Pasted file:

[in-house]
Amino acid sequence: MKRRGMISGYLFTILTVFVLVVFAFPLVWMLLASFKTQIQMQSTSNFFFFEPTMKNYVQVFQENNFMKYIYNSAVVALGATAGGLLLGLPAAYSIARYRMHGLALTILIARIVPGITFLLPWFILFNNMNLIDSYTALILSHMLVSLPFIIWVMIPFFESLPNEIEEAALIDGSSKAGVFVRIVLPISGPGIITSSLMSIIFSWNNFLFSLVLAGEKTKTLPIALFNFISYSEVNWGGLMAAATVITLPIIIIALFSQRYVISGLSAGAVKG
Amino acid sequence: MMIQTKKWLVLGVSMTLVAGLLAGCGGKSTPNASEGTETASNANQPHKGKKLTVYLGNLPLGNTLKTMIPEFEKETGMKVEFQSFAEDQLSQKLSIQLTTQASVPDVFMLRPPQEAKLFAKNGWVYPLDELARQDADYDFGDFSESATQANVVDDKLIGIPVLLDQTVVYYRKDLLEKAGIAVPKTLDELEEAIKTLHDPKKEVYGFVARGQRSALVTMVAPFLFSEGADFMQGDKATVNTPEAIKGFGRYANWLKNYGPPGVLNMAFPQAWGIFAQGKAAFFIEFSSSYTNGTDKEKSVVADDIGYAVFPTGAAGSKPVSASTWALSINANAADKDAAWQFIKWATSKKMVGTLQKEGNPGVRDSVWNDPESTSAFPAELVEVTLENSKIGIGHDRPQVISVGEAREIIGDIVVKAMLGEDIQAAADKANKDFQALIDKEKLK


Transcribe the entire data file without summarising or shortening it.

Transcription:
[in-house]
Amino acid sequence: MKRRGMISGYLFTILTVFVLVVFAFPLVWMLLASFKTQIQMQSTSNFFFFEPTMKNYVQVFQENNFMKYIYNSAVVALGATAGGLLLGLPAAYSIARYRMHGLALTILIARIVPGITFLLPWFILFNNMNLIDSYTALILSHMLVSLPFIIWVMIPFFESLPNEIEEAALIDGSSKAGVFVRIVLPISGPGIITSSLMSIIFSWNNFLFSLVLAGEKTKTLPIALFNFISYSEVNWGGLMAAATVITLPIIIIALFSQRYVISGLSAGAVKG
Amino acid sequence: MMIQTKKWLVLGVSMTLVAGLLAGCGGKSTPNASEGTETASNANQPHKGKKLTVYLGNLPLGNTLKTMIPEFEKETGMKVEFQSFAEDQLSQKLSIQLTTQASVPDVFMLRPPQEAKLFAKNGWVYPLDELARQDADYDFGDFSESATQANVVDDKLIGIPVLLDQTVVYYRKDLLEKAGIAVPKTLDELEEAIKTLHDPKKEVYGFVARGQRSALVTMVAPFLFSEGADFMQGDKATVNTPEAIKGFGRYANWLKNYGPPGVLNMAFPQAWGIFAQGKAAFFIEFSSSYTNGTDKEKSVVADDIGYAVFPTGAAGSKPVSASTWALSINANAADKDAAWQFIKWATSKKMVGTLQKEGNPGVRDSVWNDPESTSAFPAELVEVTLENSKIGIGHDRPQVISVGEAREIIGDIVVKAMLGEDIQAAADKANKDFQALIDKEKLK